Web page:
As described earlier in the section on laser vision correction, Donna Strickland and Gérard Mourou, working at University of Rochester, developed a method to greatly increase the power of lasers, while also enabling them to be miniaturized. By passing the light over a specific type of grating, their method segments (or chirps) the delivery of the beam components in a matter that generates little heat at the source. Chirped pulse amplification is now used in some of the world’s most powerful lasers as well as those commonly used to make precise microcuts or burns in medical applications. Strickland and Mourou were awarded the Nobel Prize in 1918.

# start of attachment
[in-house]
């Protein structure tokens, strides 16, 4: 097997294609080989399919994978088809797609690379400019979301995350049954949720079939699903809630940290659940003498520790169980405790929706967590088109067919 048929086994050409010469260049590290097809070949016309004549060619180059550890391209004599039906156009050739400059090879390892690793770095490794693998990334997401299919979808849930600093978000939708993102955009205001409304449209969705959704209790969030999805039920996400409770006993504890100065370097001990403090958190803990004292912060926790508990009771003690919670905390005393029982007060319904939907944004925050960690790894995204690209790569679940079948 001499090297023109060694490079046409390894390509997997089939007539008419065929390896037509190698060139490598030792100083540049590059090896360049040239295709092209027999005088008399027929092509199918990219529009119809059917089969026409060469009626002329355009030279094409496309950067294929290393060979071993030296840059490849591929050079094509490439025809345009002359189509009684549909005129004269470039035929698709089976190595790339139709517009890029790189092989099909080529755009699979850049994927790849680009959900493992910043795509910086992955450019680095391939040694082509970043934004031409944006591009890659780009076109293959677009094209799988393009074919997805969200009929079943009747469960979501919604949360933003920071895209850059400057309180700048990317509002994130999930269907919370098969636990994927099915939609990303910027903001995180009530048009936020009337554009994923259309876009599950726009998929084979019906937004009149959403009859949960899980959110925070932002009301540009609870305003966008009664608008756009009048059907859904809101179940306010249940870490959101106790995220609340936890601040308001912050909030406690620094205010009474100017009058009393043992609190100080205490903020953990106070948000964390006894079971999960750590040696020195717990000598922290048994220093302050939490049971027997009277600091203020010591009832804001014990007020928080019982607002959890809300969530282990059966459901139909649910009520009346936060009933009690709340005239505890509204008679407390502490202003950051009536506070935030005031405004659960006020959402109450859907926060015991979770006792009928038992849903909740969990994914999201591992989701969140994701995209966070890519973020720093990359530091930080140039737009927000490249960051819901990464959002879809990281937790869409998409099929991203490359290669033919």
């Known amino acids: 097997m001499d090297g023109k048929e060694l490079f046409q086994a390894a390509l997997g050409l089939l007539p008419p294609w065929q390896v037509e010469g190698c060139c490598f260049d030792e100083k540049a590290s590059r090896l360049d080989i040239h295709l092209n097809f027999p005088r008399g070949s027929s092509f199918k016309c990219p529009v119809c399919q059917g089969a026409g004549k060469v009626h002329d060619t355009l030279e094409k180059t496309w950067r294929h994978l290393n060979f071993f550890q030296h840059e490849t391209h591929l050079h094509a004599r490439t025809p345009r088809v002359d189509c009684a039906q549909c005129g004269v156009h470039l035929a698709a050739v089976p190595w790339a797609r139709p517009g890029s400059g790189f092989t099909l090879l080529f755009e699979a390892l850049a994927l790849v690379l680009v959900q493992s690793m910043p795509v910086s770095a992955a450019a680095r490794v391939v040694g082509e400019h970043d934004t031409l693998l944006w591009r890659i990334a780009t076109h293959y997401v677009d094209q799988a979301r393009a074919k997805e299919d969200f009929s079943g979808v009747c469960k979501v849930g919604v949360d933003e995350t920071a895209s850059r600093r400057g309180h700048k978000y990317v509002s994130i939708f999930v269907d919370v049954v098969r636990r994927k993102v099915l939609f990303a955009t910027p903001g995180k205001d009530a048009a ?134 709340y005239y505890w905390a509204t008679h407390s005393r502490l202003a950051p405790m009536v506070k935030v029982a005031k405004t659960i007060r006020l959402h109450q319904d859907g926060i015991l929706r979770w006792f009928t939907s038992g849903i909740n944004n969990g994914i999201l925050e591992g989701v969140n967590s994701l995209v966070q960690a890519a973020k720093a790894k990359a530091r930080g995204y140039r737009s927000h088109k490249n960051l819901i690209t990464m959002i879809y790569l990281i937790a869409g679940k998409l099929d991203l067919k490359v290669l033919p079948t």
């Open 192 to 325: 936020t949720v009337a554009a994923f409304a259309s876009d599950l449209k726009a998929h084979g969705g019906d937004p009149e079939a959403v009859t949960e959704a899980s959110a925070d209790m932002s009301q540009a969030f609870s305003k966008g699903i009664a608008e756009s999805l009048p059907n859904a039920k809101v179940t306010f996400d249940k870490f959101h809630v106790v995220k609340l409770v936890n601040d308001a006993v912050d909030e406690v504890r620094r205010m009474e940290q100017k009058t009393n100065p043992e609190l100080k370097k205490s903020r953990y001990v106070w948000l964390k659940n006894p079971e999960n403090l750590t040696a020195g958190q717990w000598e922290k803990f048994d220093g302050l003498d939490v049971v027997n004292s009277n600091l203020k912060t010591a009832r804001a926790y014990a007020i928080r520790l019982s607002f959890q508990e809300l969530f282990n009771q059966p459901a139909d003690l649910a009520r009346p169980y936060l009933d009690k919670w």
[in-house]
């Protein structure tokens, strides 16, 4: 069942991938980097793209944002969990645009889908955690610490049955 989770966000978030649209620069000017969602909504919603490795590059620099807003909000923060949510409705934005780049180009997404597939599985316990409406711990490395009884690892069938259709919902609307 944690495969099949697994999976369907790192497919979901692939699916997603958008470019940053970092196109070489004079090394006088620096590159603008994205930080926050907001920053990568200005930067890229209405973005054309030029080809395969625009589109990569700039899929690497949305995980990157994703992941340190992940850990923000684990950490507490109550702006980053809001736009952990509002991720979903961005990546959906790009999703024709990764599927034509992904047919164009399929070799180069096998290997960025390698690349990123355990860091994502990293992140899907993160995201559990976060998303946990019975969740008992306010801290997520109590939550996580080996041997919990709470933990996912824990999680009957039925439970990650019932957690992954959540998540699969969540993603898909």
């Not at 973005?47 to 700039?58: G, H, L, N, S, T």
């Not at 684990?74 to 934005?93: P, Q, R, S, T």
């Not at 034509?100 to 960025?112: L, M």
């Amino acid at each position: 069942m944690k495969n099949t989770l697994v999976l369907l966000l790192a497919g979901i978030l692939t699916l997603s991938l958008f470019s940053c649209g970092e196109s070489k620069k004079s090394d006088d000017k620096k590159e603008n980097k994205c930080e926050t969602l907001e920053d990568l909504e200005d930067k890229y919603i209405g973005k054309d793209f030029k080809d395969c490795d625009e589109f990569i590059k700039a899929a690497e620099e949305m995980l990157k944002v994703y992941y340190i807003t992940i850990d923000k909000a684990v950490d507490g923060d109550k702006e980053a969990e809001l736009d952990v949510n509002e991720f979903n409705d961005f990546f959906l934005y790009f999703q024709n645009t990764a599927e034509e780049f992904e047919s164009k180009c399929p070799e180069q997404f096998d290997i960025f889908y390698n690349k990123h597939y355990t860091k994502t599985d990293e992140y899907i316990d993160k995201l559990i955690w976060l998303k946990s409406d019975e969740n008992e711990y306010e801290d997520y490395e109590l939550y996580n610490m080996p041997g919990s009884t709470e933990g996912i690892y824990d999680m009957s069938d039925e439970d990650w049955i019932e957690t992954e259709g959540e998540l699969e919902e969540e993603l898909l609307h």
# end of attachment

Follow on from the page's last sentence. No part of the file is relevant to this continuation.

Lasers are constructed from many types of lasing materials, including gases, liquids, solids, and semiconductors. But all lasers are based on the existence of a metastable state or a phosphorescent material. Some lasers produce continuous output; others are pulsed in bursts as brief as . Some laser outputs are fantastically powerful—some greater than —but the more common, everyday lasers produce something on the order of . The helium-neon laser that produces a familiar red light is very common. Figure 30.37 shows the energy levels of helium and neon, a pair of noble gases that work well together. An electrical discharge is passed through a helium-neon gas mixture in which the number of atoms of helium is ten times that of neon. The first excited state of helium is metastable and, thus, stores energy. This energy is easily transferred by collision to neon atoms, because they have an excited state at nearly the same energy as that in helium. That state in neon is also metastable, and this is the one that produces the laser output. (The most likely transition is to the nearby state, producing 1.96 eV photons, which have a wavelength of 633 nm and appear red.) A population inversion can be produced in neon, because there are so many more helium atoms and these put energy into the neon. Helium-neon lasers often have continuous output, because the population inversion can be maintained even while lasing occurs. Probably the most common lasers in use today, including the common laser pointer, are semiconductor or diode lasers, made of silicon. Here, energy is pumped into the material by passing a current in the device to excite the electrons. Special coatings on the ends and fine cleavings of the semiconductor material allow light to bounce back and forth and a tiny fraction to emerge as laser light. Diode lasers can usually run continually and produce outputs in the milliwatt range.